THREAD: This is an astounding number that makes a clear case for why we need to #endmandatoryminimums. Prosecutors & police make choices about what to charge and what plea offers to make. Those choices are affected by structural and historical racism, and this is the result. 1/10
Mandatory minimums were intended to bring "uniformity" to sentencing, reducing discretion. But in practice, they create a two-tier system: one group of people gets a break, but the other group gets mandatory minimums. Empirically, Black people are less likely to get a break. 2/10
Keep in mind, decision makers don't *need* to be racist, or to mean any harm at all, for systemic racism to skew numbers like this. The criteria that prosecutors use to decide who deserves a break and who deserves a prison sentence are often biased along racial lines. 3/10
Prior criminal record? That's dependent on which neighborhoods get policed and which cars police decide to pull over. Also depends on whether a prosecutor decided to cut you a break on your previous cases, or if a judge believed you. None of those factors are race-neutral. 4/10
Looking at the economic status of the accused (what kind of job they have, whether they're "an upstanding member of society") is of course closely tied to historical discrimination. It's basically a privilege-check, which Black people accused of crimes rarely pass. 5/10
Asking the complainant or the investigating officer what they want? Personal judgments about whether others deserve punishment are deeply linked to whether we view the accused as being "like us," whether we understand their struggles. That perception is closely tied to race. 6/10
Harsh punishments get applied to people deemed to "need to learn a lesson" or "be separated from society." Black people have historically been placed into these categories, and never in a way that benefits them. The solution is always the same, and it always involves chains. 7/10
So we shouldn't be surprised that mandatory minimums are applied to Black people more than others. And *always* keep in mind that many people charged with man mins plead to other offenses to reduce their risk. So man mins affect even more people than these numbers suggest. 8/10
And through this lens, it also becomes clearer that we can't just eliminate minimums for minor offenses. Sentencing policy doesn't just affect sentencing; it echoes throughout the system. Racial justice requires that we #endmandatoryminimums for everyone in Virginia. 9/10
@JusticeFwdVa and I appreciate the work being done on this issue by @SenEdwardsVA, @C_Herring, @ssurovell, @mikemullin4VA, @VaBlackCaucus, @FAMMFoundation, @AttyStepMorales & VPPFJ, @ACLUVA, @afphq, and so many others. Virginia's going to abolish mandatory minimums in 2021. 10/10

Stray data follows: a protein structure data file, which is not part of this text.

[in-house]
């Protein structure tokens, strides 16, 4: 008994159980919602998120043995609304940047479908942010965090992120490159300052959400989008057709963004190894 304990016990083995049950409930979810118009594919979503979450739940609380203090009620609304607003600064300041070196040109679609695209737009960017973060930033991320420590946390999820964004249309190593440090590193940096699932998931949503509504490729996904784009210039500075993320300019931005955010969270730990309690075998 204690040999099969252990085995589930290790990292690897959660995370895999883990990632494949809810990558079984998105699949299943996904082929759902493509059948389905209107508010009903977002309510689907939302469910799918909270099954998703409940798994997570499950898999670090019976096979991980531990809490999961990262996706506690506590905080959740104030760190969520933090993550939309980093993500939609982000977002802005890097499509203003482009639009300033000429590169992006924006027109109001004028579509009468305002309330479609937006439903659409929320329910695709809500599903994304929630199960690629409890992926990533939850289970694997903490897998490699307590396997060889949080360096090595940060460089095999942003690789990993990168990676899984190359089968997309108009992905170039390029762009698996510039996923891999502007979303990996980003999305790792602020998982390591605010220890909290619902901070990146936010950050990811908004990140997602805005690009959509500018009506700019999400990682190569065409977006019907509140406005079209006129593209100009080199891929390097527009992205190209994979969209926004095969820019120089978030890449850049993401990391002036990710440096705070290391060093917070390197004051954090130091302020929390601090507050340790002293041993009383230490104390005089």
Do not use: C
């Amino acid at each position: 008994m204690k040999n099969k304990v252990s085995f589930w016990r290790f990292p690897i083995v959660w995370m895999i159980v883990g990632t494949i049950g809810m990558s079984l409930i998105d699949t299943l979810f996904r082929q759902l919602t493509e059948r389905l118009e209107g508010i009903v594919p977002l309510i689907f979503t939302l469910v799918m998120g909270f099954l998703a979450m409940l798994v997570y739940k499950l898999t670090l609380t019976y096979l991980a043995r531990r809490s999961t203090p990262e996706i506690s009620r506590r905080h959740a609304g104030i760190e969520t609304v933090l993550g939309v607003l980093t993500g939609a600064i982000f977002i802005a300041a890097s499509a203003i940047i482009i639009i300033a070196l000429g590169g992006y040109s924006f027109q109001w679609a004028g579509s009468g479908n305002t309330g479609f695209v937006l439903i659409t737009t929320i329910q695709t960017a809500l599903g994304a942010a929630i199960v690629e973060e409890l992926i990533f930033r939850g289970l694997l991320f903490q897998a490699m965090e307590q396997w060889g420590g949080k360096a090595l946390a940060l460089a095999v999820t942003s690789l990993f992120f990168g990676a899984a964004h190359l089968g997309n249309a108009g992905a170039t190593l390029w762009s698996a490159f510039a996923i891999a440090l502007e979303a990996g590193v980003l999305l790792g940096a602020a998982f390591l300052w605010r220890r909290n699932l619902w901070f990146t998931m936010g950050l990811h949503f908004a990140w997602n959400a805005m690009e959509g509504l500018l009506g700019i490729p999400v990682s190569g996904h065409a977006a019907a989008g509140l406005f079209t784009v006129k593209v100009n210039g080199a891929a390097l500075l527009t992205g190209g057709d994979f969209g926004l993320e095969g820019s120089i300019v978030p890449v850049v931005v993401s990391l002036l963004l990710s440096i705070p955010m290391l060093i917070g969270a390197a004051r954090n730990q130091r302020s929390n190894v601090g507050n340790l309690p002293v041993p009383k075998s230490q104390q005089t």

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More from @AndyElders

15 Oct 20
THREAD: I want to share a story about SB 5007, which ends mandatory jury sentencing in Virginia. Mandatory jury sentencing denies ~80% of those accused of crimes in Virginia a jury trial by coercing them into unfavorable plea agreements. But not everyone gives up that right. 1/x
I had a client about seven years ago who was charged with a robbery, which carries a five-year jury minimum in Virginia. He didn't do it, but an eyewitness identified him. Despite there being no other evidence that he had done this, he was arrested and held pretrial. 2/x
Multiple witnesses confirmed that he was home at the time of the robbery. He had been home with his family watching President Obama's second inauguration. It was a memorable moment for a Black family. But that defense didn't get his charges dropped - he had to go to trial. 3/x
Read 16 tweets
15 Sep 20
THREAD: Extremely disappointing to hear @mikemullin4VA call for the House to send SB 5007 for further study. This bill ends mandatory jury sentencing, which prosecutors use to deny 80% of defendants their right to a jury trial. We say that practice needs to end immediately. 1/11
Mullin argues that changing criminal procedure is like building a bridge. "We don’t build a bridge without finding out how much it’s going to cost," he says. But this analogy doesn't hold. Building a bridge costs something up front. Changing criminal procedure costs nothing. 2/11
Mullin argues that SB 5007 will increase trials, which requires more court personnel, lawyers, etc. The first part is true - SB 5007 will give more people their day in court, which is what makes it an essential criminal justice reform. The second part is VACA's speculation. 3/11
Read 11 tweets

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